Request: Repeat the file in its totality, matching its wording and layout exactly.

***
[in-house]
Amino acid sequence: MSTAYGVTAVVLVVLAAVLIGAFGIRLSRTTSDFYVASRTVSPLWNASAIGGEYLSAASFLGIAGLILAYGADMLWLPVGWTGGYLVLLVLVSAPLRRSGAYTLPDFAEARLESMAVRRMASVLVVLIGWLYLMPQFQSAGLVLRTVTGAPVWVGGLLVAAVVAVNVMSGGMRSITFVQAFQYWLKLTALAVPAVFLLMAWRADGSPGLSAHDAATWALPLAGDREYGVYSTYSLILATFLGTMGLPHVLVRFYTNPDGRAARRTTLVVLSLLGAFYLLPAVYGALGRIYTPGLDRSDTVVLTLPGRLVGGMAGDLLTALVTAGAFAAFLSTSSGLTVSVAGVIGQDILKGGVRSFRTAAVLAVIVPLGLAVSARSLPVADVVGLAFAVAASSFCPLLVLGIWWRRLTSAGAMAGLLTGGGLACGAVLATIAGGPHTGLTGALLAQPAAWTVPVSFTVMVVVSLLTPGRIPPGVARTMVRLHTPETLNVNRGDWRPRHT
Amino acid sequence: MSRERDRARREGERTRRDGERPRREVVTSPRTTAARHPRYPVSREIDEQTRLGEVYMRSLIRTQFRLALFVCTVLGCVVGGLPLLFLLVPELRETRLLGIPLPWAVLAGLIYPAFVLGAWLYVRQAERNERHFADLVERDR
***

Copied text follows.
[in-house]
Amino acid sequence: MSTAYGVTAVVLVVLAAVLIGAFGIRLSRTTSDFYVASRTVSPLWNASAIGGEYLSAASFLGIAGLILAYGADMLWLPVGWTGGYLVLLVLVSAPLRRSGAYTLPDFAEARLESMAVRRMASVLVVLIGWLYLMPQFQSAGLVLRTVTGAPVWVGGLLVAAVVAVNVMSGGMRSITFVQAFQYWLKLTALAVPAVFLLMAWRADGSPGLSAHDAATWALPLAGDREYGVYSTYSLILATFLGTMGLPHVLVRFYTNPDGRAARRTTLVVLSLLGAFYLLPAVYGALGRIYTPGLDRSDTVVLTLPGRLVGGMAGDLLTALVTAGAFAAFLSTSSGLTVSVAGVIGQDILKGGVRSFRTAAVLAVIVPLGLAVSARSLPVADVVGLAFAVAASSFCPLLVLGIWWRRLTSAGAMAGLLTGGGLACGAVLATIAGGPHTGLTGALLAQPAAWTVPVSFTVMVVVSLLTPGRIPPGVARTMVRLHTPETLNVNRGDWRPRHT
Amino acid sequence: MSRERDRARREGERTRRDGERPRREVVTSPRTTAARHPRYPVSREIDEQTRLGEVYMRSLIRTQFRLALFVCTVLGCVVGGLPLLFLLVPELRETRLLGIPLPWAVLAGLIYPAFVLGAWLYVRQAERNERHFADLVERDR